Frost Damage and Botrytis Risk?

Wednesday, June 6, 2018

Many areas are still in what would be mid bloom.  With the tissue damage caused by the frost on Sunday night and the wet weather over the last 24 hrs, it is likely that Botrytis risk is building, particularly in Botrytis prone fields.  Obviously the severity of damage that occurred on Sunday night and Monday morning is critical to determining whether a Botrytis treatment is cost effective.

WBPANS circulated a factsheet via e-mail from Dr. David Percival yesterday which can help ID frost damage. Dr. Percival also circulated this factsheet at the twilight meetings last week. Here are some screen shots of that factsheet.  I will try and get the full factsheet posted later today.



If you are still seeing significant amount of white flowers in your field and bees are still active in the field, that is a good sign.  Protecting against further disease may be prudent in these fields.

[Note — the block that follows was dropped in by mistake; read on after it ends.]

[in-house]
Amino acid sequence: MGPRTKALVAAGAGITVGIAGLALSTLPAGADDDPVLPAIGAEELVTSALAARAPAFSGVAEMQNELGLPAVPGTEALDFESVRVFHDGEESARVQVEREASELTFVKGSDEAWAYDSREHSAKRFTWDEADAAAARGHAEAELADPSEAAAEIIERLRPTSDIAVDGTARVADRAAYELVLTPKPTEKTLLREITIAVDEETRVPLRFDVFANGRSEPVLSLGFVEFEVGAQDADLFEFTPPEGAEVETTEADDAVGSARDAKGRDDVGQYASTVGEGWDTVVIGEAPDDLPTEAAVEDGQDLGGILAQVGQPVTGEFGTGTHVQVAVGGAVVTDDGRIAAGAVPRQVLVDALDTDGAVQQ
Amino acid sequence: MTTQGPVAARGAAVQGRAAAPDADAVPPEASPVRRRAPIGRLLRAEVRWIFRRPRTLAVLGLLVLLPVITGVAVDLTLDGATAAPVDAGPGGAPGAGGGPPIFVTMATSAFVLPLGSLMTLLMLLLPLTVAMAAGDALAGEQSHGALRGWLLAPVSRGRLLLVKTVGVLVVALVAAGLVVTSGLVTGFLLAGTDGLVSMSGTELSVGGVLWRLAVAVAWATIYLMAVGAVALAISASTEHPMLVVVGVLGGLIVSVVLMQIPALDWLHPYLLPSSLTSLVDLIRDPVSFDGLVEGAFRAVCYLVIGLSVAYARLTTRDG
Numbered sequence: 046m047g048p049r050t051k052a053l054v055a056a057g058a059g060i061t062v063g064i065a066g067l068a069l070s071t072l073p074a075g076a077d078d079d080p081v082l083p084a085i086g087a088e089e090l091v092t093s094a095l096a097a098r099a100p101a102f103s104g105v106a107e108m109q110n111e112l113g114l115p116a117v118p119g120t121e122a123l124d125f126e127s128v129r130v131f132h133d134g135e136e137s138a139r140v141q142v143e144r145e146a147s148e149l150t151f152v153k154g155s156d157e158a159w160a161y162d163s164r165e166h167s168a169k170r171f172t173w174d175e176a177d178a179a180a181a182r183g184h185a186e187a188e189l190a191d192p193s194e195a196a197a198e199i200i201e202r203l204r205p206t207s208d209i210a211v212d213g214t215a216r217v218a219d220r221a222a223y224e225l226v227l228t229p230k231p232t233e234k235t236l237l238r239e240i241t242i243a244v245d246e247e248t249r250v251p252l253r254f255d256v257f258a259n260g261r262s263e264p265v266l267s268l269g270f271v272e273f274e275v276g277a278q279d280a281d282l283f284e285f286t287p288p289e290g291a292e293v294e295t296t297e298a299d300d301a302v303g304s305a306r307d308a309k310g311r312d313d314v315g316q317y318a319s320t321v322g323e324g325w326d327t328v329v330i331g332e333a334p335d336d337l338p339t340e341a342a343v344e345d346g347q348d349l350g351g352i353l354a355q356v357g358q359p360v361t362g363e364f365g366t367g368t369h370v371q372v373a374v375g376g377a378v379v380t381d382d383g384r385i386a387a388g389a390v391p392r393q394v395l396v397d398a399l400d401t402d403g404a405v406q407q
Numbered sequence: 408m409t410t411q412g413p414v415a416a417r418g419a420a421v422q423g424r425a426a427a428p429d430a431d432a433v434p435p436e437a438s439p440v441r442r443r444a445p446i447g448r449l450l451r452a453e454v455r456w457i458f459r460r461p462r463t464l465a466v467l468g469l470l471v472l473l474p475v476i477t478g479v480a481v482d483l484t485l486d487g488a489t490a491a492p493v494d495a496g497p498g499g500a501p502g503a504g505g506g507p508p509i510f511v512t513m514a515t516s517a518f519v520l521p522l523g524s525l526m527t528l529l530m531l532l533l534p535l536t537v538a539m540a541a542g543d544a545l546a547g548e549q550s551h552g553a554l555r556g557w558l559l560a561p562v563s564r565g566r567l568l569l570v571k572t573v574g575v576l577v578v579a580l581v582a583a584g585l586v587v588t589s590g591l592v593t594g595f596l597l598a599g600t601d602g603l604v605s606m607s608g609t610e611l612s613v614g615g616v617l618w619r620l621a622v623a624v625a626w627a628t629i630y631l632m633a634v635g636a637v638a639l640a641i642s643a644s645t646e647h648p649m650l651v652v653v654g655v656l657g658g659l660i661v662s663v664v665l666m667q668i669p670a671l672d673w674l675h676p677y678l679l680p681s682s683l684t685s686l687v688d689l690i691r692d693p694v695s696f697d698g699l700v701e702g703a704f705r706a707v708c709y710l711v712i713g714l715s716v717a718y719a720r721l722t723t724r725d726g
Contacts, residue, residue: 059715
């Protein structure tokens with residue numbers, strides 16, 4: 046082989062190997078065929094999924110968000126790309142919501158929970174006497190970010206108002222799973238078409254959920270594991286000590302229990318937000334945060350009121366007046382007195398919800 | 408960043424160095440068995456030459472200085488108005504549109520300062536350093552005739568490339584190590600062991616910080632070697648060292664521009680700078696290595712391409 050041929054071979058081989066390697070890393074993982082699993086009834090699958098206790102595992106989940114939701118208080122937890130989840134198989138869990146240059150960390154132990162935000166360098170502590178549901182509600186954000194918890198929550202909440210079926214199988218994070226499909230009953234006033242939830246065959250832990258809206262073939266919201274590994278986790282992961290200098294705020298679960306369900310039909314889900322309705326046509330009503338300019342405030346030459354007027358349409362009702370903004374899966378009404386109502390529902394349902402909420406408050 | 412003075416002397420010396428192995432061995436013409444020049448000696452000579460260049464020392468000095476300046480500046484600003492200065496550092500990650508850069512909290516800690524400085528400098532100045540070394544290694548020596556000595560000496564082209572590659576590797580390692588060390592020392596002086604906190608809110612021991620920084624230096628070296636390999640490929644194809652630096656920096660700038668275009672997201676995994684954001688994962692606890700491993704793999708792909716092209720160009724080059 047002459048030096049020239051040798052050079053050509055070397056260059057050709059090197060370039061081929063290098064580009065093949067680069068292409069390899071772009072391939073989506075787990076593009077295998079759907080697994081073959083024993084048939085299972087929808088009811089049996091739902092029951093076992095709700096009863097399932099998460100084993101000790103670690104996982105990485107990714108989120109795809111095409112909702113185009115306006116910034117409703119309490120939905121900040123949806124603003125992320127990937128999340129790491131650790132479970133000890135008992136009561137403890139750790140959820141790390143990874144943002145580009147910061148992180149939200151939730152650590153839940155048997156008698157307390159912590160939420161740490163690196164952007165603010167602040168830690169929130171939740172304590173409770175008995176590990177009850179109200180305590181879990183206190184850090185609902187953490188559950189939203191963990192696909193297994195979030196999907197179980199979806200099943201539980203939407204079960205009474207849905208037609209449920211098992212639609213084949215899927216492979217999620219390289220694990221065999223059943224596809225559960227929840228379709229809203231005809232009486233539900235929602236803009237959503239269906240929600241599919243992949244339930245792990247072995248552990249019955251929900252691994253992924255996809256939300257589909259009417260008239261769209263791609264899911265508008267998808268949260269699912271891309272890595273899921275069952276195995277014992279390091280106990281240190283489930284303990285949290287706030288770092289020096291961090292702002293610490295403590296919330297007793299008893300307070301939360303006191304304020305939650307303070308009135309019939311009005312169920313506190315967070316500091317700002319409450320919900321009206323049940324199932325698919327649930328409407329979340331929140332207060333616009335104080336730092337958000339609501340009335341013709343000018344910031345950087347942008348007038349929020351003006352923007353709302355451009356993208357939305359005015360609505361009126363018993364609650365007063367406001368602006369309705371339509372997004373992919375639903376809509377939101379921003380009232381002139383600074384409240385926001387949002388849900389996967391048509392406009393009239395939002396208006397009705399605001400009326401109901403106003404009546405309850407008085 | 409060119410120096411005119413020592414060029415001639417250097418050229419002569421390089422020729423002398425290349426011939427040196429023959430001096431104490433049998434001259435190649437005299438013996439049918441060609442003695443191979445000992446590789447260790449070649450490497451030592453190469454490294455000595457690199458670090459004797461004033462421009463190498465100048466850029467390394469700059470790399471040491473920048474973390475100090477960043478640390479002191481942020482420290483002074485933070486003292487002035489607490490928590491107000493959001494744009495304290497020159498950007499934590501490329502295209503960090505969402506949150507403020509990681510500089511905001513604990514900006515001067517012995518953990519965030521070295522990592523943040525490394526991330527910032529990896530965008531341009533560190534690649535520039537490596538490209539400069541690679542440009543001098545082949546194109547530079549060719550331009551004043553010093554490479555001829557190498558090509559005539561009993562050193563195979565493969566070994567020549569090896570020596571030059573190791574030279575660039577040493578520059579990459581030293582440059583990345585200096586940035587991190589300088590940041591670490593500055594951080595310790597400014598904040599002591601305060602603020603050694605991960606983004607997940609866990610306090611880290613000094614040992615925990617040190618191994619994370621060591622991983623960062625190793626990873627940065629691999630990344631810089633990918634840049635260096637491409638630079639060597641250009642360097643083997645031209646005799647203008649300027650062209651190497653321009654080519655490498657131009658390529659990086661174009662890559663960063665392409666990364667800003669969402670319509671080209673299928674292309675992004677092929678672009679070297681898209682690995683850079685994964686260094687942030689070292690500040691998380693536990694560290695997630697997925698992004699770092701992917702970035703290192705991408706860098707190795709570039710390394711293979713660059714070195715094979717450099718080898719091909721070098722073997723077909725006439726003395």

Note: the weather forecast is for another frost event across the Maritimes tonight!

For many fields that have severe damage, it may not make sense to treat for Botrytis as too much of the crop has been lost.

For fields that have moderate damage, it would be worth your time to look closely at those fields, determine pollinator activity. Also cut open some flowers to see if the base of the flower (ovaries) are black. If the temperature was cold enough for long enough, the pollinated flowers could have been damaged as well.  This is what happened in 1996 when we had a major frost event near the end of bloom.

I will be looking at fields today and will report tomorrow.

If you have crop insurance and you think you have damage, please call the Nova Scotia Crop and Livestock Insurance Commission ASAP to report damage to your fields!!



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